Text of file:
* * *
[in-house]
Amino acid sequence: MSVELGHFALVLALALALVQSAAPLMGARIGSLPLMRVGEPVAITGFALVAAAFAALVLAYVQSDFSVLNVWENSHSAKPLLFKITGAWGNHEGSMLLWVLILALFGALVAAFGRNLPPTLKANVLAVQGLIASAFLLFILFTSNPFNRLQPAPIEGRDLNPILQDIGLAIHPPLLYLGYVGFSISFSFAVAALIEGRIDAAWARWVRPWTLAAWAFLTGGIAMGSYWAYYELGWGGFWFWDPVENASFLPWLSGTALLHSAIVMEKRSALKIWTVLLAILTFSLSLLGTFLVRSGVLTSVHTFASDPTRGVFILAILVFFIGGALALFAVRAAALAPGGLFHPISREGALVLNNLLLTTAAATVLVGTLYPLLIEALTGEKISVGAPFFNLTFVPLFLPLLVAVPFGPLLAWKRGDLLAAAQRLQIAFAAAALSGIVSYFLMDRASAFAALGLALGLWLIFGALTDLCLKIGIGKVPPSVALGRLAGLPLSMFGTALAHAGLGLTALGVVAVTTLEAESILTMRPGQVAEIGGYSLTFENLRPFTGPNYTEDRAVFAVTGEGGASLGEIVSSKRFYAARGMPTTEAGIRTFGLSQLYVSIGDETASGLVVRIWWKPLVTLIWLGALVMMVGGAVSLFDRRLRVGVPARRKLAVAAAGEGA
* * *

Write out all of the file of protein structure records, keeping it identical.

[in-house]
Amino acid sequence: MSVELGHFALVLALALALVQSAAPLMGARIGSLPLMRVGEPVAITGFALVAAAFAALVLAYVQSDFSVLNVWENSHSAKPLLFKITGAWGNHEGSMLLWVLILALFGALVAAFGRNLPPTLKANVLAVQGLIASAFLLFILFTSNPFNRLQPAPIEGRDLNPILQDIGLAIHPPLLYLGYVGFSISFSFAVAALIEGRIDAAWARWVRPWTLAAWAFLTGGIAMGSYWAYYELGWGGFWFWDPVENASFLPWLSGTALLHSAIVMEKRSALKIWTVLLAILTFSLSLLGTFLVRSGVLTSVHTFASDPTRGVFILAILVFFIGGALALFAVRAAALAPGGLFHPISREGALVLNNLLLTTAAATVLVGTLYPLLIEALTGEKISVGAPFFNLTFVPLFLPLLVAVPFGPLLAWKRGDLLAAAQRLQIAFAAAALSGIVSYFLMDRASAFAALGLALGLWLIFGALTDLCLKIGIGKVPPSVALGRLAGLPLSMFGTALAHAGLGLTALGVVAVTTLEAESILTMRPGQVAEIGGYSLTFENLRPFTGPNYTEDRAVFAVTGEGGASLGEIVSSKRFYAARGMPTTEAGIRTFGLSQLYVSIGDETASGLVVRIWWKPLVTLIWLGALVMMVGGAVSLFDRRLRVGVPARRKLAVAAAGEGA